This past Christmas has probably induced as much fear and doubt as any other season. The destruction caused by Hurricane Sandy was an echo, if not an escalating wavelength, of the devastation of Katrina in New Orleans. The school shooting in Newtown sent ripples across the country. People thought the world would end on the winter solstice, and despite the lack of real foundation for this and whether they were crazy or not, their fear was still very real. And possibly there were instances in your life this year, dear reader, that brought about feelings of darkness and hopelessness.I know it did for me, and now that we’ve got the new year, 2013, up on the horizon, I thought I would take some time to reflect on the year past, and what can be done just to get through an ordinary day.
The holiday season is a time of the year that seems driven by the dreams and whims of children, and given the current state of the world in spite of all of that, I felt I needed to make yet another case for keeping one’s inner child intact. Watching adults come and go in my life, I’ve made some observations about how they choose to live their lives as adults. With the world the way it is, it’s more than understandable that cynicism can infect us with the inability to see the good in the world and worth there still is in going on with it. I can see myself heading down that slippery slope now, and the demons still creep up on me when I’m alone with my thoughts.
But I’m developing a shield against cynicism. And that’s keeping in touch with my inner child. I’m a proud Pegasister watching the new My Little Pony, and I enjoy reading YA books like Harry Potter and The Hunger Games as much as I do writing them. Whenever the demons creep out to oppress me, whenever I find myself losing faith in the world and in humanity, I turn to these new pillars of childhood, not as a way to escape, but as a way to restore my zeal, as way to remind me that to see the world the way a child does can in and of itself destroy the cynicism that plagues me.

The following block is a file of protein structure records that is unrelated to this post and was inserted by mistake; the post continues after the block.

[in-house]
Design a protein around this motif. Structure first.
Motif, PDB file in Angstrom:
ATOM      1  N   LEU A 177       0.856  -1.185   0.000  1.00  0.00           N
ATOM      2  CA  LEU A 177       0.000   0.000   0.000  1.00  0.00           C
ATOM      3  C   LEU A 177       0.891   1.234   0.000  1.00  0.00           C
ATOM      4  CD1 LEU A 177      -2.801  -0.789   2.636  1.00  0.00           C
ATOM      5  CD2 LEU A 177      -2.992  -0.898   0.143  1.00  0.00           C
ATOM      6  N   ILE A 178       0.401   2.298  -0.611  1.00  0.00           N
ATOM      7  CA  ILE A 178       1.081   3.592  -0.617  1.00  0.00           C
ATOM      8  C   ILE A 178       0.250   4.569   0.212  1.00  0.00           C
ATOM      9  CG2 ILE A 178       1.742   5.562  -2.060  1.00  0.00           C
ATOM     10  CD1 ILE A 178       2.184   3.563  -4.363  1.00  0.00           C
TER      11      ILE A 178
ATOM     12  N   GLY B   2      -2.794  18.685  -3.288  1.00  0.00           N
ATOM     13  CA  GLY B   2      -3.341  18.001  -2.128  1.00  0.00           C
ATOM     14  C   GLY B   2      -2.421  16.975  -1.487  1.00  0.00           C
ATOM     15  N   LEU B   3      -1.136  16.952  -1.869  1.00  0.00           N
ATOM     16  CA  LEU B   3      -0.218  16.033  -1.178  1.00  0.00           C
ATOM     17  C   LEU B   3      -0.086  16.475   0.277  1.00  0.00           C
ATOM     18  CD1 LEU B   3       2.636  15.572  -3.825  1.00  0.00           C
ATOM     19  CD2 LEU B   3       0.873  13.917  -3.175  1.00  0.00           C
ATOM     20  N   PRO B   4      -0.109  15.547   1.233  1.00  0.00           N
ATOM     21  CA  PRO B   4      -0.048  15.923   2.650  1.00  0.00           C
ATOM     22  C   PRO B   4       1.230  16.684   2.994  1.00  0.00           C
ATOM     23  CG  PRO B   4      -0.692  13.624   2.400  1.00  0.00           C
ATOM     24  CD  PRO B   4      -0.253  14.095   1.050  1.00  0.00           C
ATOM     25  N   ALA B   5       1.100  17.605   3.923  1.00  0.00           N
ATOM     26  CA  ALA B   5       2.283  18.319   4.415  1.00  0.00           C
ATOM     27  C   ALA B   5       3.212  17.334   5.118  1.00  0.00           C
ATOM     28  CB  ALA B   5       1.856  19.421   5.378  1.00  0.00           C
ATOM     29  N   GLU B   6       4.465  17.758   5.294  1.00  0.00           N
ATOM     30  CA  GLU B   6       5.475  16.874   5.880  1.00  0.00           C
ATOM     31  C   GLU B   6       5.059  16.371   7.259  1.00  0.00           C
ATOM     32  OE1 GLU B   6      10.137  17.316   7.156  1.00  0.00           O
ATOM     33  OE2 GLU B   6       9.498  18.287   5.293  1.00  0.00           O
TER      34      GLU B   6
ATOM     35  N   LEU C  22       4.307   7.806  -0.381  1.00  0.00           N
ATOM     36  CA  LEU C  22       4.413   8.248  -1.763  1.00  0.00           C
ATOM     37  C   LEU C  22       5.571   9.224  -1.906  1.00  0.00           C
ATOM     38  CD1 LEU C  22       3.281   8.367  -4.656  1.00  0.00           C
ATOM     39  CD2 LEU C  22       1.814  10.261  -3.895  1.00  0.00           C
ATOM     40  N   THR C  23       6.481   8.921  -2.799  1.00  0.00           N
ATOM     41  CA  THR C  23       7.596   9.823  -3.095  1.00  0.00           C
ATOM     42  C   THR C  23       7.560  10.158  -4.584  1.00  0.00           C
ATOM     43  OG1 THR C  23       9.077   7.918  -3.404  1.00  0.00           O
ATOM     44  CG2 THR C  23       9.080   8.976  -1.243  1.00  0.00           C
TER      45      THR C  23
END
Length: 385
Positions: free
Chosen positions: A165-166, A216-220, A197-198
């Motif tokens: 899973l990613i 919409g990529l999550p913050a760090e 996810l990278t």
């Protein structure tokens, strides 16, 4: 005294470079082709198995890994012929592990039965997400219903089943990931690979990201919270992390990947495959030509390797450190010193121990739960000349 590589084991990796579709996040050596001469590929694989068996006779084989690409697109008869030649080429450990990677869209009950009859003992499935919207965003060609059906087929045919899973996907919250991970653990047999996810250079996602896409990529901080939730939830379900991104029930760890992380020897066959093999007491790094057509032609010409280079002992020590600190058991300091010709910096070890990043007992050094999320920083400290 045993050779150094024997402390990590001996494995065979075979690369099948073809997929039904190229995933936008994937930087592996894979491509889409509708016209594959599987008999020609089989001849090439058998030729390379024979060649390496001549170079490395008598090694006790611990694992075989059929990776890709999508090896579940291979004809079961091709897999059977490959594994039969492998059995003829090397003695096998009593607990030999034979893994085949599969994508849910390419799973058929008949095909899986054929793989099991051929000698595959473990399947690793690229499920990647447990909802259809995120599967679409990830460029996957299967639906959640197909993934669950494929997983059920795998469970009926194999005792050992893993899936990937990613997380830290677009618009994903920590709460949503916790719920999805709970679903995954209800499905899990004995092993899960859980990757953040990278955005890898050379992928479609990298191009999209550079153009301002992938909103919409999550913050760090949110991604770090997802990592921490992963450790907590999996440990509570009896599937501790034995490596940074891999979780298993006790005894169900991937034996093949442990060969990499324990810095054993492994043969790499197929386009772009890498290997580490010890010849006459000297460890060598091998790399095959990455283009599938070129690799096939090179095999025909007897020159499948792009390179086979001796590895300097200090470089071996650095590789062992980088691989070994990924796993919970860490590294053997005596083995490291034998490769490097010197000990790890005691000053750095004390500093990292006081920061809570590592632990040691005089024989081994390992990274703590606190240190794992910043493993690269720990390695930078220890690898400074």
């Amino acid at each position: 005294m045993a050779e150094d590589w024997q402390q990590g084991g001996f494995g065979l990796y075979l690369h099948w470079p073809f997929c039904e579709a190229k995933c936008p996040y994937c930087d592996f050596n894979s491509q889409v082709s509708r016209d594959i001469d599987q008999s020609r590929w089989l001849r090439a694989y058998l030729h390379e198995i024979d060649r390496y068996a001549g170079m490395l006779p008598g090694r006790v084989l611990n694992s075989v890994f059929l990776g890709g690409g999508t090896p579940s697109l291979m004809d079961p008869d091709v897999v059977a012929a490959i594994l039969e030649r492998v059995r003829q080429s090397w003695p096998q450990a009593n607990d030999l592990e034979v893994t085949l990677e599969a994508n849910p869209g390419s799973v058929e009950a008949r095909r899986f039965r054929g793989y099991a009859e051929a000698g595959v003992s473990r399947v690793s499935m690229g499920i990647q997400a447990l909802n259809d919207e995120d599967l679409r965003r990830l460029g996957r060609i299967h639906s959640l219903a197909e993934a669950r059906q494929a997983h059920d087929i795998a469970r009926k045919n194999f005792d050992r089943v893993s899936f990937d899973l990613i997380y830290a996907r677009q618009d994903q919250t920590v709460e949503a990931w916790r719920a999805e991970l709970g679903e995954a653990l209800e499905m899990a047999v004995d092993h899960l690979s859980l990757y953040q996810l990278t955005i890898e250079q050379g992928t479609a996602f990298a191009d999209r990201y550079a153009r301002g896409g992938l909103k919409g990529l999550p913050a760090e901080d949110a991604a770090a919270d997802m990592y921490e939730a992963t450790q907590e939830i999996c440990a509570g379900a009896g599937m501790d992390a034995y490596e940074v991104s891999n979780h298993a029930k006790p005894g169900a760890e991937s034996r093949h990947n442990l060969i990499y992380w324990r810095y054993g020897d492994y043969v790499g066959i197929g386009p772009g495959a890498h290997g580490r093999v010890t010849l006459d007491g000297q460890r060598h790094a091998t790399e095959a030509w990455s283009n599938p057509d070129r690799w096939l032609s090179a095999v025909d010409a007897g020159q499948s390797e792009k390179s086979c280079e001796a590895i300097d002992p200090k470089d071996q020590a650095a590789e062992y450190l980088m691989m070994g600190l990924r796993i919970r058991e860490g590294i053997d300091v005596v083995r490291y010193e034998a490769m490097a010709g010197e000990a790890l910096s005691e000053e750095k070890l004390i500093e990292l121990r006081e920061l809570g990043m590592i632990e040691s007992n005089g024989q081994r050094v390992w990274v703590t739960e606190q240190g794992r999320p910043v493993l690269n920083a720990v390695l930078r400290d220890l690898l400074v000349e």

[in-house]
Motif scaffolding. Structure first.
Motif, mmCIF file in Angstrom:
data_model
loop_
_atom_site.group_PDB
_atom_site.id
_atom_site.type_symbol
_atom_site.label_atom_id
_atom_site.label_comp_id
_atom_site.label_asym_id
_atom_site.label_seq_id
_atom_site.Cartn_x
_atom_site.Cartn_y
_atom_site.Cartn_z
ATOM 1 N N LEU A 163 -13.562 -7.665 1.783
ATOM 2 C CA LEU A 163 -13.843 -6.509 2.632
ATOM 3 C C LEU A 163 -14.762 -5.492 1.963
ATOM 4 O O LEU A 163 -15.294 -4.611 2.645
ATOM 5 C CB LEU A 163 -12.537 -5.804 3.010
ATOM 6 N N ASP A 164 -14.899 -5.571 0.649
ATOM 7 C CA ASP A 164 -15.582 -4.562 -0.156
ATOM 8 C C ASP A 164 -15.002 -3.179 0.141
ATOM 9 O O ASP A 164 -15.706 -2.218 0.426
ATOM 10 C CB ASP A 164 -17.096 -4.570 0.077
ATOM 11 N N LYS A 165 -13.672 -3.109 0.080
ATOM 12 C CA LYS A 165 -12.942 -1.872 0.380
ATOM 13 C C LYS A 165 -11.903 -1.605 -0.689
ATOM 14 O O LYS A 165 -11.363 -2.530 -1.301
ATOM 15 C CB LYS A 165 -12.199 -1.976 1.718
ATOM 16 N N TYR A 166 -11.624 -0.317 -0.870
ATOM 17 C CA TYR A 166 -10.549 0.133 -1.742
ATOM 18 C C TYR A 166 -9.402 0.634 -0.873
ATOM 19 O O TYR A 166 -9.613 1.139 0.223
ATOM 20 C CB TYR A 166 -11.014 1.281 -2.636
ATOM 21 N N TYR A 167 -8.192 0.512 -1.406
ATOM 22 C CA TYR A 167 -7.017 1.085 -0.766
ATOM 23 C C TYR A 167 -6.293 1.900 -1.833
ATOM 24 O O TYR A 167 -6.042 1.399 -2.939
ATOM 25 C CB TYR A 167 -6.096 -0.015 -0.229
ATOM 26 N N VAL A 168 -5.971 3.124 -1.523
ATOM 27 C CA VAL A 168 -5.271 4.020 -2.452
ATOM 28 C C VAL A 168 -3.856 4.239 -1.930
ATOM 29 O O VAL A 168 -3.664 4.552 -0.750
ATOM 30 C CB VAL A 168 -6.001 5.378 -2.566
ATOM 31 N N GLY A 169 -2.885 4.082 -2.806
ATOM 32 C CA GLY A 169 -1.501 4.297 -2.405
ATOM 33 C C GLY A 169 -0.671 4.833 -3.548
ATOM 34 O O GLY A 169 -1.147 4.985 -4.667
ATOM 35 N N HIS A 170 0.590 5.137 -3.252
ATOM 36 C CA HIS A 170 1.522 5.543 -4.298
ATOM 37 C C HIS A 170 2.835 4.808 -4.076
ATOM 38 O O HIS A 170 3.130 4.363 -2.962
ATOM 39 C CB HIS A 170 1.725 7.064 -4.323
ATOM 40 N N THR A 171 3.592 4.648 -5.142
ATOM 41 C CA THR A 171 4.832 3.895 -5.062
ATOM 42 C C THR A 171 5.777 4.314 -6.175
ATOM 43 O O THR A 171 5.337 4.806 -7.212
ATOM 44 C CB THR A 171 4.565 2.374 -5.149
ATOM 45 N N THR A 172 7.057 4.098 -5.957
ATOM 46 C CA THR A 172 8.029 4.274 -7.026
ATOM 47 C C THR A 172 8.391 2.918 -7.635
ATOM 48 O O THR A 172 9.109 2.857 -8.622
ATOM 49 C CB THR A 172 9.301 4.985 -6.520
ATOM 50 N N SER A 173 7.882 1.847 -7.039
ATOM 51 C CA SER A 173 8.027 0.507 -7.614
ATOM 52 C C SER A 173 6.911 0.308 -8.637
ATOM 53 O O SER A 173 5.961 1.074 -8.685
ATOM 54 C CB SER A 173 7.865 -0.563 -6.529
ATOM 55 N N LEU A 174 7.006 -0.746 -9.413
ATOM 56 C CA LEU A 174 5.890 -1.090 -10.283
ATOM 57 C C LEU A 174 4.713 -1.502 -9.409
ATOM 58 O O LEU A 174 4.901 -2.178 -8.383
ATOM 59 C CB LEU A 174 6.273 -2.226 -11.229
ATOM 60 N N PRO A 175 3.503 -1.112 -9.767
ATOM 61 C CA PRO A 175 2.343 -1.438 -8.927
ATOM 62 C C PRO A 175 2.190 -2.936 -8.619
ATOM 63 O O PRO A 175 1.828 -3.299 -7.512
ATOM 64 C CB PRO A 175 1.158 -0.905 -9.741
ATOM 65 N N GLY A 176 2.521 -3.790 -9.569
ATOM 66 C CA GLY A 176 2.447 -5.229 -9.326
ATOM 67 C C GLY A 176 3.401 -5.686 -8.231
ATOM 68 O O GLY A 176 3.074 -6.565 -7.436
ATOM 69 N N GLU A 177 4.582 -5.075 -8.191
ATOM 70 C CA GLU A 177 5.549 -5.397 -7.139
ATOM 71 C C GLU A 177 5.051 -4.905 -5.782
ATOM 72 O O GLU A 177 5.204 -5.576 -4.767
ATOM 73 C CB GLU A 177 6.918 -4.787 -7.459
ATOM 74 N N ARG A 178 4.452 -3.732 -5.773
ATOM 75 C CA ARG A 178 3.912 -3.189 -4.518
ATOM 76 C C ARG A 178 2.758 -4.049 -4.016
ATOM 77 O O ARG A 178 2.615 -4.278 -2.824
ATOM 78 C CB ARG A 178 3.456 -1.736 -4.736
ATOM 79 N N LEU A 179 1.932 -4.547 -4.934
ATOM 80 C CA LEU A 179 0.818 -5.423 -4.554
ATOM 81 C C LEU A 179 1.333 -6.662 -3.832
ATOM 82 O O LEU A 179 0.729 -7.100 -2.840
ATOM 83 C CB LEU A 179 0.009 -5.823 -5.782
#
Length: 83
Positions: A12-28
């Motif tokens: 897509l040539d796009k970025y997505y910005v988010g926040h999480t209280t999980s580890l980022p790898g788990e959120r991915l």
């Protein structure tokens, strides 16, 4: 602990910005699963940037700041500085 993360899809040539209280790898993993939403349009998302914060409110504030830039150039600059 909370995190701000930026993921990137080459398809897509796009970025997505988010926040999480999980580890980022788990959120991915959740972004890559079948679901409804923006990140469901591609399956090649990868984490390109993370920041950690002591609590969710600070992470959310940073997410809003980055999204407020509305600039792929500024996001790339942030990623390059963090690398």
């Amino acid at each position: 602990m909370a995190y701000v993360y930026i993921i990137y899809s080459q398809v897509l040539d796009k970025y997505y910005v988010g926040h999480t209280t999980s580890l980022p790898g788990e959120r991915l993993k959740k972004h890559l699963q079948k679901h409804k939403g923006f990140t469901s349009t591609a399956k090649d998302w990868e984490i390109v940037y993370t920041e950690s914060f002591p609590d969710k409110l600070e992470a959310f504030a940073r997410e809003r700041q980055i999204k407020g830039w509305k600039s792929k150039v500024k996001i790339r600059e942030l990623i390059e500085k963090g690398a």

There can be no question that the children of Newton were traumatized by those shootings, by the violence and by the relentless media fire afterward, but I have to believe that after all of that, they can still see the world for its wonder and the wealth of knowledge it has to offer, perhaps now more than ever, in a time when life must be appreciated for what it is.
Yes, life is hard, but there will always be new things to discover, new things to hold onto, and with the optimism of a child, we arm ourselves with the strength to carry on, even when things are at their darkest, and being optimistic seems to make no sense, to have no place in the world anymore. It is important that we cultivate that in children, now more than ever, and it’s important that we continue to cultivate that in our own adult lives.
Certainly we can find contentment without getting involved with things like the new My Little Pony, but the important thing is that we don’t forget what joy something like that, or like the holiday season now, can inspire, and how that alone can be enough to keep us going from day to day. It’s what I try to do in my own life, and I hope it’s what others try to do in theirs, if only to keep the shadows at bay so that when one’s writing about them, examining them in one’s head, one can turn them off completely as soon as one’s finished with them. I believe that holding onto a childhood whim now and then, is another form of hope that can turn a typical bad day into something a little bit better.